I enjoy operating a multi-faceted office with my business partner, Alan Barley, AIA. But of all the building types, we find that homes provide the greatest challenges and by far the greatest rewards. Over the past few years, though, we have noticed a distinct and troubling shift in the way homes are perceived by the public. The erroneous presumptions behind this shift are having a profound and overarching effect on the quality of building in this country.

Our generation has become very adept at quantifying things. We “crunch the numbers” with great efficiency. But I believe we have too often lost sight of the bigger picture in doing so, ending up with undesirable results. The design of our homes, and the construction of them as well, is falling victim to this “efficiency.”

Outdoor rooms, such as the porches at Pfeiffer’s own house in Austin, Texas, add value to a home. But because they raise the overall building cost and are not included in typical square footage counts, they have a disproportionate impact on the price per
Connie Moberley Outdoor rooms, such as the porches at Pfeiffer’s own house in Austin, Texas, add value to a home. But because they raise the overall building cost and are not included in typical square footage counts, they have a disproportionate impact on the price per

When you buy a Ford Taurus, you know what level of quality you are purchasing and that the car is built to the latest D.O.T. safety and performance standards. You can opt for leather seats, but you know you are still buying a Ford, just with nicer seat coverings. Alternatively, when you buy a luxury sedan, such as an equivalently sized Mercedes E-class, you have a different set of expectations about the quality of what you are purchasing. Not only will there be finer-grade leather seats and other obvious accoutrements, but there is an expected increase in craftsmanship, performance, safety, durability, and overall quality “under the skin”—the things you can't see but know are built into the car. You might even be able to purchase the car from a competing dealer for a bit less money, confident you are still buying an equally well-built E-class with all the same features and craftsmanship.

This is where the problem comes in. People think they can treat buying a house like buying a car. They think that if they can buy a “high-end” house for a lower price, they're still getting the same house. What they don't understand is that if they keep looking for the lower bid, they're going to end up with lower quality.

the pricing myth We've mixed up the adjectives “quantity” and “quality” by relying too heavily on the all-too-ubiquitous “price-per-square-foot” yardstick for evaluating homes, especially the high-end custom ones. Oftentimes you end up getting four “spec-quality” homes combined to make one big one that may or may not comply with building safety and durability codes. Sure, you may have the trophy kitchen, the Palladian windows, the multiple crown moldings, and the profusion of meaningless steeply pitched roof angles that prepare you for shedding snow during the next big Central Texas blizzard. But all too often these “high-end” homes just end up becoming a series of disparate details, the sum of the parts and nothing more. What's more, these homes usually have “behind-the-scenes” components—like plumbing, air-conditioning systems, waterproofing methods, structural elements, windows, and siding—that are no better than those used in the starter homes being built across the tracks. They can be expected to last about as long as the starter homes before experiencing expensive maintenance problems or, worse, unhealthy conditions that might affect well-being, like water leaks and mold. Their building science is as lacking as their souls.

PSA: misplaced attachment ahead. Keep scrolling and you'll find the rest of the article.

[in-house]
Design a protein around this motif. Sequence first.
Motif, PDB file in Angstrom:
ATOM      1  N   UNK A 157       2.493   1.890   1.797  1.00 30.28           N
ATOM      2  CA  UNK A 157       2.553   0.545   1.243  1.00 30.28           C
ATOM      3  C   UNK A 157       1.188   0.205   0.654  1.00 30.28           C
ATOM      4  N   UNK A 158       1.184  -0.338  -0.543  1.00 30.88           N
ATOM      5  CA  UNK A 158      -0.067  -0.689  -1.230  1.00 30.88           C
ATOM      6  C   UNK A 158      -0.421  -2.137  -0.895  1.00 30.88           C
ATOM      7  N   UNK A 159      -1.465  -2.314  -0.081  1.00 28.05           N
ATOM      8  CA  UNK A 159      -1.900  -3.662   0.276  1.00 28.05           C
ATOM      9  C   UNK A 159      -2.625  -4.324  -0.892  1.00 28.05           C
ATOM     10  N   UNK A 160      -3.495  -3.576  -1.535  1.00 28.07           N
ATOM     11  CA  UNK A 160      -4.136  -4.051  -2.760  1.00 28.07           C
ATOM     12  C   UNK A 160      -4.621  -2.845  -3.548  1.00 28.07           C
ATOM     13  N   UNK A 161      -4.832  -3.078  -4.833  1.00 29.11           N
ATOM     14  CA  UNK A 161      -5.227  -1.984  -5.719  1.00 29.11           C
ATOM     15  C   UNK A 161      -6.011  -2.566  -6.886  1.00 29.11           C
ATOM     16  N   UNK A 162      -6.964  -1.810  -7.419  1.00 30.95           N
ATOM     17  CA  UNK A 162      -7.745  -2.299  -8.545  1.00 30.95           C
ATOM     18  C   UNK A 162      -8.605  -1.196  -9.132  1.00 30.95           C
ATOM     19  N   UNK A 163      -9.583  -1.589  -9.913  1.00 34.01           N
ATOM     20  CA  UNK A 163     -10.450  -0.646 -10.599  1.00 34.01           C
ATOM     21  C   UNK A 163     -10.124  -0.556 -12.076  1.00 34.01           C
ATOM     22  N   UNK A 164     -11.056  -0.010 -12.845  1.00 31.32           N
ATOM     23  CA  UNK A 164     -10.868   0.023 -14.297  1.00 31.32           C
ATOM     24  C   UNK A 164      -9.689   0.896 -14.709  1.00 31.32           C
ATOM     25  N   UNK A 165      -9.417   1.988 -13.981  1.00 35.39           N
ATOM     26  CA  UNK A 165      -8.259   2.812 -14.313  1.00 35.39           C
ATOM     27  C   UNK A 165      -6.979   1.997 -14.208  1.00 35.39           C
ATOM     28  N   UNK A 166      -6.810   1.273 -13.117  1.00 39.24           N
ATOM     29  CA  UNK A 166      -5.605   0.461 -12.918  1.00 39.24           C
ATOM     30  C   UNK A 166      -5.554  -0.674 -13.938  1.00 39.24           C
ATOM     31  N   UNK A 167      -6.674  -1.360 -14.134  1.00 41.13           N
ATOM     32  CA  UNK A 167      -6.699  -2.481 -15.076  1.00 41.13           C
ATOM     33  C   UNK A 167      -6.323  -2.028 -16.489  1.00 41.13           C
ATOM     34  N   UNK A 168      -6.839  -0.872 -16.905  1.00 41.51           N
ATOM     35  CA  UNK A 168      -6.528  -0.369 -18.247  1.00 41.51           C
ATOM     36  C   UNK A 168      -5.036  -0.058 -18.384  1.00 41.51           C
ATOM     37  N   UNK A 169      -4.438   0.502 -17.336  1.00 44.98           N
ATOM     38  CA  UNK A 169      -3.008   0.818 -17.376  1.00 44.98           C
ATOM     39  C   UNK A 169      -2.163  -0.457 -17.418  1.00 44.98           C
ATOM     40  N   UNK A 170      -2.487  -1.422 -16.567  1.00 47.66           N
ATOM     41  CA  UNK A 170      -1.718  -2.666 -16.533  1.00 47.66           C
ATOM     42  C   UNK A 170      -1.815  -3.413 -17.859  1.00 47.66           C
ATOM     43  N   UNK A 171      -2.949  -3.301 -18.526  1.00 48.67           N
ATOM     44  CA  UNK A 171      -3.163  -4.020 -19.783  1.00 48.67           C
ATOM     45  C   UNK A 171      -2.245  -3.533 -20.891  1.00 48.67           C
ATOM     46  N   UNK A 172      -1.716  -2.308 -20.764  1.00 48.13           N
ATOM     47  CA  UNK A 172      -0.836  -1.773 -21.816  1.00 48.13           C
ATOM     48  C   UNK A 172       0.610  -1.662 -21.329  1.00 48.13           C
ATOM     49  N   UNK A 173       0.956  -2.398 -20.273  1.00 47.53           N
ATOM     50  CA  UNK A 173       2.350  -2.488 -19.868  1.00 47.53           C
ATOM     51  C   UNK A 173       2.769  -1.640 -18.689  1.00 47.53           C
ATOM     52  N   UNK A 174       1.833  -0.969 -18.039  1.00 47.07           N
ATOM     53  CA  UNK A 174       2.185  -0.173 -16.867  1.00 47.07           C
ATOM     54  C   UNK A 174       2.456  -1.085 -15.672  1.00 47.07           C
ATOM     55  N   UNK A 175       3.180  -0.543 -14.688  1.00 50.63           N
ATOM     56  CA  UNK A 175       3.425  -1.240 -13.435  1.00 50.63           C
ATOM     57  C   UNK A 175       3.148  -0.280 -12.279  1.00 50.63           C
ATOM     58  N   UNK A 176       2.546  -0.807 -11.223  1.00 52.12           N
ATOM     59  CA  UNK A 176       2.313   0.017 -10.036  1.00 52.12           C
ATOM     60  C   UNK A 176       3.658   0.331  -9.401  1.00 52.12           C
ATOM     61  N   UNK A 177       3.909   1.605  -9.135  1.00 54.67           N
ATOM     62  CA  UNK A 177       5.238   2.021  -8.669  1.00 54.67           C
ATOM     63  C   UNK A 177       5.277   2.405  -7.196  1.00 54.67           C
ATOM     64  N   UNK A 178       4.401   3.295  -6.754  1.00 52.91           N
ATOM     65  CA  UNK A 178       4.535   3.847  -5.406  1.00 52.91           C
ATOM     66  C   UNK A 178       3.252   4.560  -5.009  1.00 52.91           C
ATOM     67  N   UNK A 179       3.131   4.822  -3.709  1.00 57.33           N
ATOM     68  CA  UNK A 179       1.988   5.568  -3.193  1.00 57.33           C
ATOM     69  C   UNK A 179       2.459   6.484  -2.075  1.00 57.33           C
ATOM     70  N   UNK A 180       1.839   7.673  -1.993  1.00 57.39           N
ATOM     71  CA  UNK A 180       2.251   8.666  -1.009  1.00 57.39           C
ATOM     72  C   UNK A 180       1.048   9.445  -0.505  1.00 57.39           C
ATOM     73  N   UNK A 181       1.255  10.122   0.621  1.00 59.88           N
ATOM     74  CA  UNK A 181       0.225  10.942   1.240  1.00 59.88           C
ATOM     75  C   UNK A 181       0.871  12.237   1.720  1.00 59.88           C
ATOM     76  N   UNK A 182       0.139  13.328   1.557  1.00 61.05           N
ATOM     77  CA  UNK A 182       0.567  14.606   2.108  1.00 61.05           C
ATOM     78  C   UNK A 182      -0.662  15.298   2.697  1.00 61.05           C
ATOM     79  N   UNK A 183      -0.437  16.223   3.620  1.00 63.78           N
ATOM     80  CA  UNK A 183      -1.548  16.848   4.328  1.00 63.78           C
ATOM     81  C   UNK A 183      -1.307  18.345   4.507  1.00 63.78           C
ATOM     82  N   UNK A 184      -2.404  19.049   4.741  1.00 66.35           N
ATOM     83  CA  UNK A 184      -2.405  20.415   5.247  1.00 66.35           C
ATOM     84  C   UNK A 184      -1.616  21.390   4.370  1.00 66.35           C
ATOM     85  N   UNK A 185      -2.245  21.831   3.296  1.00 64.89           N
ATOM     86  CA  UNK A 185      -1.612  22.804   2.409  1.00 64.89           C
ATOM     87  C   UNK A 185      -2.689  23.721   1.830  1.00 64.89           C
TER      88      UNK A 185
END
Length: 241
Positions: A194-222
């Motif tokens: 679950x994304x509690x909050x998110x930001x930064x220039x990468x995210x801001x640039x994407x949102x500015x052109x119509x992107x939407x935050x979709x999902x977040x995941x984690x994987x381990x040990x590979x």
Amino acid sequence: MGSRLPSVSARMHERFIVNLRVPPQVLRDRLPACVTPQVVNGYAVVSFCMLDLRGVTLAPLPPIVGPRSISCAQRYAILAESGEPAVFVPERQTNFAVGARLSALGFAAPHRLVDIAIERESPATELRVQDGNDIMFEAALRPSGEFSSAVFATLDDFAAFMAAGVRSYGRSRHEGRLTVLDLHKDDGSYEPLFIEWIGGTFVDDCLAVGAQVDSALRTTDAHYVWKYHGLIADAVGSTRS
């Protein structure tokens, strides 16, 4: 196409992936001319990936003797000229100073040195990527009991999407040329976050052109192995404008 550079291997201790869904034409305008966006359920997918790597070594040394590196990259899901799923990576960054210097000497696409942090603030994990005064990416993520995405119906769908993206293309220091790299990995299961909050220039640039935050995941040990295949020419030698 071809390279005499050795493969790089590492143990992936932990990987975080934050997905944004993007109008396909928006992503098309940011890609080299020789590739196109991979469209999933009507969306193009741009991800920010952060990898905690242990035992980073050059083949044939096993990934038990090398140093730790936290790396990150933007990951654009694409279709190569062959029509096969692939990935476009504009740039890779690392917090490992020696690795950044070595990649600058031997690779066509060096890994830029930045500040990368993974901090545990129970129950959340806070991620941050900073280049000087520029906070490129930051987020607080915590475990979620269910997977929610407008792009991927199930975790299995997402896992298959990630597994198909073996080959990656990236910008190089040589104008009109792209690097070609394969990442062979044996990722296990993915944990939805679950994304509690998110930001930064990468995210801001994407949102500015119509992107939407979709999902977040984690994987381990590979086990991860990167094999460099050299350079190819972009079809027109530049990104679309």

The price-per-square-foot yardstick is a relatively new phenomenon that started gaining popularity in the early 1980s. Before then, folks were more creative in their assessments. Attributes like floor plan, flow, responsiveness to the setting, craftsmanship, and even “livability” were used to make the decision to accept the design or buy the home. Per-square-foot pricing has its roots in the volume home building business, where there was little else to distinguish the various models. Most three-bedroom, two-and-a-half-bath homes had approximately the same sized two-car garage, an attention-grabbing front entry, and a modest back patio. Except for shape, rooflines, and interior appointments, there was not a lot of variation.

Not so with a truly custom, site-specific home designed and built for you and your family's values, on your particular piece of property, and incorporating unique views, topography, and trees. It's not unusual for a custom home designed for our Hill Country environment to have half again as much space in outdoor areas (screened porches, decks, cabanas, and patios) as in the interior living or “conditioned” area. These value-adding areas do greatly affect the overall price to build the home, but they don't add to the conditioned area. So, encourage your clients to look beyond the price-per-square-foot yardstick. It makes about as much sense as evaluating that new blouse or sport coat hanging in your closet on its price per square inch.